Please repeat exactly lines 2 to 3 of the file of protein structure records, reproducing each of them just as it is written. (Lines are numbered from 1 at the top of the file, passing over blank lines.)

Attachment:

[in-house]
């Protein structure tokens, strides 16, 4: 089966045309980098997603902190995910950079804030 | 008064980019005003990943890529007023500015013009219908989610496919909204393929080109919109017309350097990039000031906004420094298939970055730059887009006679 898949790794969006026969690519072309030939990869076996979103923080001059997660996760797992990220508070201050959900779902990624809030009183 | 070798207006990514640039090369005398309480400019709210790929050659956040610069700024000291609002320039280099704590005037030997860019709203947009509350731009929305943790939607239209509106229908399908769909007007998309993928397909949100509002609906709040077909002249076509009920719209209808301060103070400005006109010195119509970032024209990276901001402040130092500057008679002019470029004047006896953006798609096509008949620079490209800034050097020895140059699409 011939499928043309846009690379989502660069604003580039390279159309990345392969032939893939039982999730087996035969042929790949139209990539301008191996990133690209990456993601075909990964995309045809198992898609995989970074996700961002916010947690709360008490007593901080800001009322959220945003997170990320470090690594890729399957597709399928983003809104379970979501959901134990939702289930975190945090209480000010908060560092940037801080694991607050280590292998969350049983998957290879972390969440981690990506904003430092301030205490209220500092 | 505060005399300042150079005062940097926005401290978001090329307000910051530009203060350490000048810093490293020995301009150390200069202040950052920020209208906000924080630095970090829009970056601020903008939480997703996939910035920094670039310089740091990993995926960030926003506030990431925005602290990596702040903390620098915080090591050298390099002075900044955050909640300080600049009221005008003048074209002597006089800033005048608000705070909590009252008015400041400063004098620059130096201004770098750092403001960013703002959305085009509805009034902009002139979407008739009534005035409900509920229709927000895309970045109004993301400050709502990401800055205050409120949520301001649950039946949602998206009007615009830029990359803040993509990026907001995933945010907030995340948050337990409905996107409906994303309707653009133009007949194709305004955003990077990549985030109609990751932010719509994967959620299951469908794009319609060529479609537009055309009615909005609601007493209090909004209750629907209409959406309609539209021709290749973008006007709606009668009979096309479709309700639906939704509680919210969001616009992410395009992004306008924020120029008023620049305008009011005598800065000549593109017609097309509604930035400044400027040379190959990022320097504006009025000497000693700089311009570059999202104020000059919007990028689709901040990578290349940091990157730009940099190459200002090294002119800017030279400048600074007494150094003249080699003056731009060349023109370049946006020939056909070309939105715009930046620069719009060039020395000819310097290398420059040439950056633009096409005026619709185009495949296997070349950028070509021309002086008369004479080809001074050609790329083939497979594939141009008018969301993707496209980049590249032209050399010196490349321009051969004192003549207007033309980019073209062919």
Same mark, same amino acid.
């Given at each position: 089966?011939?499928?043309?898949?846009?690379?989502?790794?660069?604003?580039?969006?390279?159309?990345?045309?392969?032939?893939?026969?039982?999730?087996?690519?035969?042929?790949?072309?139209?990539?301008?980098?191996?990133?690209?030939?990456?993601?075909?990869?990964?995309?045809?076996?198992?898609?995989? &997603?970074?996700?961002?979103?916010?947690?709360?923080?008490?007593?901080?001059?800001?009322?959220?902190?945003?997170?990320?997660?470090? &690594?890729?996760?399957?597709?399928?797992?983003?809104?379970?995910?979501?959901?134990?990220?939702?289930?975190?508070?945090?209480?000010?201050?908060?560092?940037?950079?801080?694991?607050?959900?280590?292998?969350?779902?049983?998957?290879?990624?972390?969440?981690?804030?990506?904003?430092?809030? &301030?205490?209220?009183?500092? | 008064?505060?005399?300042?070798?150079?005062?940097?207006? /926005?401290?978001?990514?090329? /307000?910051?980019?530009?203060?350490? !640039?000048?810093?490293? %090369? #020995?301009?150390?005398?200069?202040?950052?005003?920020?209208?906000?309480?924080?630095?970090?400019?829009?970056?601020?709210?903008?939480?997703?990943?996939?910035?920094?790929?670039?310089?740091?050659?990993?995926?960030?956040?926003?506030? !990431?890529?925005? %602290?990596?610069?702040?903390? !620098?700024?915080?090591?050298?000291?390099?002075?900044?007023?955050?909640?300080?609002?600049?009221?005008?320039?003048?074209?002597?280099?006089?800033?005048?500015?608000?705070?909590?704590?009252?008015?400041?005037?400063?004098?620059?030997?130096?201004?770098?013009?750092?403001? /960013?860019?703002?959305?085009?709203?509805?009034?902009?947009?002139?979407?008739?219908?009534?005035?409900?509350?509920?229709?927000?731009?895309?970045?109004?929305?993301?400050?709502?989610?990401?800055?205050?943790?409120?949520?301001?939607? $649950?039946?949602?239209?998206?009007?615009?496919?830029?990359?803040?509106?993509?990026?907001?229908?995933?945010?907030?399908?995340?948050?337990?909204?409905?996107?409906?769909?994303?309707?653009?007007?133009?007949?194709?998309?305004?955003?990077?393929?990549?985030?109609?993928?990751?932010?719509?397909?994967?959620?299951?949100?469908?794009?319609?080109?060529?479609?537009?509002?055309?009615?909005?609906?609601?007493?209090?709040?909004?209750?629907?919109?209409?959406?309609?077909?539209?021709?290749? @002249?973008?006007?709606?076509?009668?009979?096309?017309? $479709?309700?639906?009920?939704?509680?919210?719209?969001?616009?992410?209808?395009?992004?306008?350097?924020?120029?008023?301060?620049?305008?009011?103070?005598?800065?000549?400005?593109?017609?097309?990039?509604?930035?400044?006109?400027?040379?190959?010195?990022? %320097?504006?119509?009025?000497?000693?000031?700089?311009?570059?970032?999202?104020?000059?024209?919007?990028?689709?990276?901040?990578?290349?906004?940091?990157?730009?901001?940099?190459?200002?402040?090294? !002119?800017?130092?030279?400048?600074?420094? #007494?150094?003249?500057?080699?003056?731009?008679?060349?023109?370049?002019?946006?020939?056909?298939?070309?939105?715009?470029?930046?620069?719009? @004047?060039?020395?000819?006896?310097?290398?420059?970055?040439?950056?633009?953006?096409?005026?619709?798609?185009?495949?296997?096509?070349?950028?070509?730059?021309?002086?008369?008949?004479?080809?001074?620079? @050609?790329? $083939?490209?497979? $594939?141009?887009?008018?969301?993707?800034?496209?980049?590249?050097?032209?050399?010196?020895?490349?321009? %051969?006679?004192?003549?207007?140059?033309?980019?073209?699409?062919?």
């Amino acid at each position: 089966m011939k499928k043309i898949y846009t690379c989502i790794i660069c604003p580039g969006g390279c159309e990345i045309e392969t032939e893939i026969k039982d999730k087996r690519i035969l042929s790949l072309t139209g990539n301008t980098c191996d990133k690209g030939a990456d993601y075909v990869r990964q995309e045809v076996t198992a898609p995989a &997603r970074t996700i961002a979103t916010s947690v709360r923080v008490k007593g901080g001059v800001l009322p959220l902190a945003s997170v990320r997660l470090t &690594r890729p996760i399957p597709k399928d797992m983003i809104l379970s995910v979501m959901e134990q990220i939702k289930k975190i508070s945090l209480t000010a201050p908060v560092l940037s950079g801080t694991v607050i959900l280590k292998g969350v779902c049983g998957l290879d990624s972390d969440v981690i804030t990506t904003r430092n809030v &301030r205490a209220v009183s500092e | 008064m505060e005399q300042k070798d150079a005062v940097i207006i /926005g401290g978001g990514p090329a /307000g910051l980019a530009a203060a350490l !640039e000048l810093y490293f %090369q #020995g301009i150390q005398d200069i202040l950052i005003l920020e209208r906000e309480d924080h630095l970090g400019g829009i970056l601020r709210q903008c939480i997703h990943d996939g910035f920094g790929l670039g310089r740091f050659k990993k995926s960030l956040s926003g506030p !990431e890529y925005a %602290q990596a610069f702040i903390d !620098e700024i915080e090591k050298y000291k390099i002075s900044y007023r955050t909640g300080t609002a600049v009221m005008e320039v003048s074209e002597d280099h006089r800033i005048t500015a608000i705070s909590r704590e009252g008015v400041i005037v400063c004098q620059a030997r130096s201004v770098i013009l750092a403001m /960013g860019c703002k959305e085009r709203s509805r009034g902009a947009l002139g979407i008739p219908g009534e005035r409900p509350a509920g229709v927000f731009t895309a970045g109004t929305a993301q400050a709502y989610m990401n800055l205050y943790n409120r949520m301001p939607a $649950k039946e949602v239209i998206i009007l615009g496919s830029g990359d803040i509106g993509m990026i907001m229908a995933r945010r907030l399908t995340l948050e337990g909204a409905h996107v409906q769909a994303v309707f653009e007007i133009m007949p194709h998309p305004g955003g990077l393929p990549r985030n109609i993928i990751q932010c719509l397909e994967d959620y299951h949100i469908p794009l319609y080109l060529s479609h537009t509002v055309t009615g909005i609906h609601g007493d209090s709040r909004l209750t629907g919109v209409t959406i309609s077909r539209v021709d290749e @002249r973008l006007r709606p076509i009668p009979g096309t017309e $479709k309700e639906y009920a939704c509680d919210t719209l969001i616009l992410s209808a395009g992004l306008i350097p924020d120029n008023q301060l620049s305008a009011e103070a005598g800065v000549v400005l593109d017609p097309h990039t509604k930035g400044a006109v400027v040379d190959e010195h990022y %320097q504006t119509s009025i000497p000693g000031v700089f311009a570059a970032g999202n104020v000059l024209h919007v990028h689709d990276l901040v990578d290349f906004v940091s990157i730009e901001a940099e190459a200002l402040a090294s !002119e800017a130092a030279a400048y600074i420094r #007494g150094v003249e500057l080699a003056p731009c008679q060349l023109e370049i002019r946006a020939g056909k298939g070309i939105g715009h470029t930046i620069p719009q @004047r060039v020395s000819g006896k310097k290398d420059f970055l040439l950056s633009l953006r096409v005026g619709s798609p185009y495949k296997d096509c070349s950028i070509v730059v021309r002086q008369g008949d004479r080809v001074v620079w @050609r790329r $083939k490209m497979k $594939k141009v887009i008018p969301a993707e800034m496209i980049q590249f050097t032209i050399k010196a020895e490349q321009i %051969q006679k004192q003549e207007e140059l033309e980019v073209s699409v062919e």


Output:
């Protein structure tokens, strides 16, 4: 089966045309980098997603902190995910950079804030 | 008064980019005003990943890529007023500015013009219908989610496919909204393929080109919109017309350097990039000031906004420094298939970055730059887009006679 898949790794969006026969690519072309030939990869076996979103923080001059997660996760797992990220508070201050959900779902990624809030009183 | 070798207006990514640039090369005398309480400019709210790929050659956040610069700024000291609002320039280099704590005037030997860019709203947009509350731009929305943790939607239209509106229908399908769909007007998309993928397909949100509002609906709040077909002249076509009920719209209808301060103070400005006109010195119509970032024209990276901001402040130092500057008679002019470029004047006896953006798609096509008949620079490209800034050097020895140059699409 011939499928043309846009690379989502660069604003580039390279159309990345392969032939893939039982999730087996035969042929790949139209990539301008191996990133690209990456993601075909990964995309045809198992898609995989970074996700961002916010947690709360008490007593901080800001009322959220945003997170990320470090690594890729399957597709399928983003809104379970979501959901134990939702289930975190945090209480000010908060560092940037801080694991607050280590292998969350049983998957290879972390969440981690990506904003430092301030205490209220500092 | 505060005399300042150079005062940097926005401290978001090329307000910051530009203060350490000048810093490293020995301009150390200069202040950052920020209208906000924080630095970090829009970056601020903008939480997703996939910035920094670039310089740091990993995926960030926003506030990431925005602290990596702040903390620098915080090591050298390099002075900044955050909640300080600049009221005008003048074209002597006089800033005048608000705070909590009252008015400041400063004098620059130096201004770098750092403001960013703002959305085009509805009034902009002139979407008739009534005035409900509920229709927000895309970045109004993301400050709502990401800055205050409120949520301001649950039946949602998206009007615009830029990359803040993509990026907001995933945010907030995340948050337990409905996107409906994303309707653009133009007949194709305004955003990077990549985030109609990751932010719509994967959620299951469908794009319609060529479609537009055309009615909005609601007493209090909004209750629907209409959406309609539209021709290749973008006007709606009668009979096309479709309700639906939704509680919210969001616009992410395009992004306008924020120029008023620049305008009011005598800065000549593109017609097309509604930035400044400027040379190959990022320097504006009025000497000693700089311009570059999202104020000059919007990028689709901040990578290349940091990157730009940099190459200002090294002119800017030279400048600074007494150094003249080699003056731009060349023109370049946006020939056909070309939105715009930046620069719009060039020395000819310097290398420059040439950056633009096409005026619709185009495949296997070349950028070509021309002086008369004479080809001074050609790329083939497979594939141009008018969301993707496209980049590249032209050399010196490349321009051969004192003549207007033309980019073209062919």
Same mark, same amino acid.